I hoped for multilayered portrait of family but it w ...more
I loved Lucy and her ability to find kindness, her understanding of people, her compassion and how she can see light through all the hurt and darkness of her childhood. I liked how the relationship with her Mother and some th ...more
This haunting and tenderly written novel is narrated by our protagonist Lucy from the vantage point of the future,but with the benefit of hindsight and the unreliability of memory -takes place over five nights in the mid 1980s.
Lucy Barton has been in hospital for three weeks with an undiagnosed illness following the removal of her appendix.
She is separated from her husband and two young daughters whom she miss ...more
Lucy Barton is hospitalized with a prolonged illness. Her mother turns up at the foot of her bed quite unexpectantly one evening. Lucy ...more
As she recovers from surgery complications, a shocked Lucy receives a five day visit from her estranged mother who can only express her feelings by telling stories of old acquaintances and their imperfect lives; and while listening, Lucy Barton revisits her...more
The story of Lucy Barton is not much different from the fragmented but carefully delineated sketches of the townspeople in Crosby, but for the main focus of the story, which in this case centers around Lucy and her strained relationship with her family, particularly with her mother.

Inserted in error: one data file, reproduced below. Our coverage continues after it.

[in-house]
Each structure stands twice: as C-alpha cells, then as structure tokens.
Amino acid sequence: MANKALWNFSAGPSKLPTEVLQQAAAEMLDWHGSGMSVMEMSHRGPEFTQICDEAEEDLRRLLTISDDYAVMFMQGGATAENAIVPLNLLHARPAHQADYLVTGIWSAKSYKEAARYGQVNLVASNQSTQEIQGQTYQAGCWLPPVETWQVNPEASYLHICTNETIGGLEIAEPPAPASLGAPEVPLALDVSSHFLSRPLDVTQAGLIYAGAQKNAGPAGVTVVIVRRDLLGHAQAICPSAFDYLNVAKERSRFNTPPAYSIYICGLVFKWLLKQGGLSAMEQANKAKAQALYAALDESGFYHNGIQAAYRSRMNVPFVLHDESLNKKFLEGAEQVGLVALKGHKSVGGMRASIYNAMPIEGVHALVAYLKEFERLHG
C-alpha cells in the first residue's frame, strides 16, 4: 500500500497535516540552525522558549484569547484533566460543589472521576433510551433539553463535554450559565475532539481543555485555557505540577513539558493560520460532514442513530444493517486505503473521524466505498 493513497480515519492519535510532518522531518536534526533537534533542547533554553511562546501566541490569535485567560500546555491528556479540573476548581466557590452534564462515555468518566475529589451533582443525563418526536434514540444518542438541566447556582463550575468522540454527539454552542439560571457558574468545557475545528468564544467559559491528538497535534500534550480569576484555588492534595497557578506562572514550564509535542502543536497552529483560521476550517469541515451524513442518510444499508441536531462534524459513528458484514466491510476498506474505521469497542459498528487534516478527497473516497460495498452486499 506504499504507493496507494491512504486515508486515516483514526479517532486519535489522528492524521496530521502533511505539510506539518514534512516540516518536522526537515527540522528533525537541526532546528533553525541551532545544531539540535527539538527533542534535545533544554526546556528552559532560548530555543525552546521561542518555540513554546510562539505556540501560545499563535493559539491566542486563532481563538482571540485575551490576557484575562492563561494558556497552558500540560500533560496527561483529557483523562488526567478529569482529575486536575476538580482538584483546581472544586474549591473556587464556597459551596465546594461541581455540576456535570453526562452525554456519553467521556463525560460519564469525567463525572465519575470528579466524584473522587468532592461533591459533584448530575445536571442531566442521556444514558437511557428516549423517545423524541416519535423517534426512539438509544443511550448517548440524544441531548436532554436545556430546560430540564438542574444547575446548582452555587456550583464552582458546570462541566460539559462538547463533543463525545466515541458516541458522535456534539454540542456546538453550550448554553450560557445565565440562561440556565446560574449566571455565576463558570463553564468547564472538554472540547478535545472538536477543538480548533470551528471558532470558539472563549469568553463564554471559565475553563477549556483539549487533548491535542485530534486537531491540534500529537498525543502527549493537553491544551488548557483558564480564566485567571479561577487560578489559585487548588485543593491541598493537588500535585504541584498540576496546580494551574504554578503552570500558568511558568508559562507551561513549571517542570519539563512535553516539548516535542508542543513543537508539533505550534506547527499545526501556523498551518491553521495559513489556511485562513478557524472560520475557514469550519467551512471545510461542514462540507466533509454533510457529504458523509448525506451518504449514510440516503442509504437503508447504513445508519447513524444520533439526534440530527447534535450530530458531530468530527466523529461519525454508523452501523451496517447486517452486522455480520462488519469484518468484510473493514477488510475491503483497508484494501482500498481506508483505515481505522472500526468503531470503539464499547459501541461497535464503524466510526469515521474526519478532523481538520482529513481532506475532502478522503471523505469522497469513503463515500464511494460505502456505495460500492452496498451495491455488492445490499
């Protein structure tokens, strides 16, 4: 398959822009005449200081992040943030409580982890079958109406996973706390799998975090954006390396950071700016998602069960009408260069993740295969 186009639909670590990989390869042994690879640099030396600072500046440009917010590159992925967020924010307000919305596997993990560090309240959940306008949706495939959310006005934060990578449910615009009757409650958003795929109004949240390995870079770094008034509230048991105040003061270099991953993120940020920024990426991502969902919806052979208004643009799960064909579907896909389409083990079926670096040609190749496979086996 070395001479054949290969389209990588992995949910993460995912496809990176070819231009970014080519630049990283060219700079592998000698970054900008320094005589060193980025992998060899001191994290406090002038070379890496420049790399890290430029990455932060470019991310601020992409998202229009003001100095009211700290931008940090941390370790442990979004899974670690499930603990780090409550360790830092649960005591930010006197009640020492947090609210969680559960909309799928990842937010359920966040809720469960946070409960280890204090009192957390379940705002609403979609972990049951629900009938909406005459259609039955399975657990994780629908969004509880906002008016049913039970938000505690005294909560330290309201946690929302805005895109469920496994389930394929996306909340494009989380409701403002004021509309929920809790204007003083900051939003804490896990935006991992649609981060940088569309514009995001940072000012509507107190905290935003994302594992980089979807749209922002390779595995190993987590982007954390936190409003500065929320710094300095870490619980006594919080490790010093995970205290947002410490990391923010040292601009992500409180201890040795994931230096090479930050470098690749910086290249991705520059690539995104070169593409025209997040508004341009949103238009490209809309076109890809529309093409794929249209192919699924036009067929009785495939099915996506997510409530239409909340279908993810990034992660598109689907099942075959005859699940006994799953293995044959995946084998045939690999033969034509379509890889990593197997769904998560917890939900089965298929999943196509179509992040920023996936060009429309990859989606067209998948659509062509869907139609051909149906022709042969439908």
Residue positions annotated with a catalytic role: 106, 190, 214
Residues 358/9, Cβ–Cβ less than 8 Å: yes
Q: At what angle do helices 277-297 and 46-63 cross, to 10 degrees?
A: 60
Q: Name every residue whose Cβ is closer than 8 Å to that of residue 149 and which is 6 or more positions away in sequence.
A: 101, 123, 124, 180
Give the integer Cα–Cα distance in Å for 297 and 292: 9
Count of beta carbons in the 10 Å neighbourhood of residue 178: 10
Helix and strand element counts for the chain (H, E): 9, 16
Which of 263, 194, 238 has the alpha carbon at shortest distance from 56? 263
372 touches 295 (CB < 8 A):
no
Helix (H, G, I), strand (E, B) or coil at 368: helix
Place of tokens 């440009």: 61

A woman with humble origins, whose childhood was marked by poverty, loneliness and possibly abuse, manages to escape from ...more
I had read All Things Are Possible before this book, so a lot of the names felt like familiar old friends whose history I already knew.
Despite her strang ...more
As Lucy looks back at her life she focuses on a time when she spent five weeks in hospital after a routine operation hit problems. A time in which she lay in bed and did a lot of thinking about her childhood, her family and her marriage.
Whilst in hospital she was visited by her long estranged mother, who stayed with her for several days. This made her happy ........ as it gave her a glimpse of how their relationship could have been.
Lucy’s internal monologue ...more
I picked My Name Is Lucy Barton up one day randomly and ended up finishing it quite quickly, especially towards those last 100 pages. I was captivated by its strange but compelling storyline. Plus, I was really loving the vibe this book gave off. My Name Is Lucy Barton was exactly what I was in the mood for: an epic but, at the same time, quiet family saga. Oh, and there’s gossip (!!!) about people from Lucy's childhood in Amgash, Illinois.
Our story begins to un ...more
I find it difficult book to express my thoughts on this story. While I really liked it (more than 'The Burgess Boys') I didn’t love it as much as I wanted. I felt there was just something missing although I hugely appreciate the sentiment withi ...more
By th ...more
I feel she managed very well to turn things around with her own children.
The main part of the book, the visit from her estranged mother during Lucy's nine week hospital stay was touching, but sad because I felt the mother held back much of her emotions.
The rest of this book was Lucy's insights on people and living. This author really made you feel Lucy's pain.
Disclaimer: This book isn't going to satisfy you if you need a conventional plot, with a "story" and a "lesson" and clear explanations.
What it does have, through a dreamy vagueness found in certain types of poetry, is the hard nut of truth about people, poverty, prejudice, kindness, love, and scars of childhood.
Lucy Barton lived in terrible poverty, lived through unuttered abuse as a child. She has never heard her mother s ...more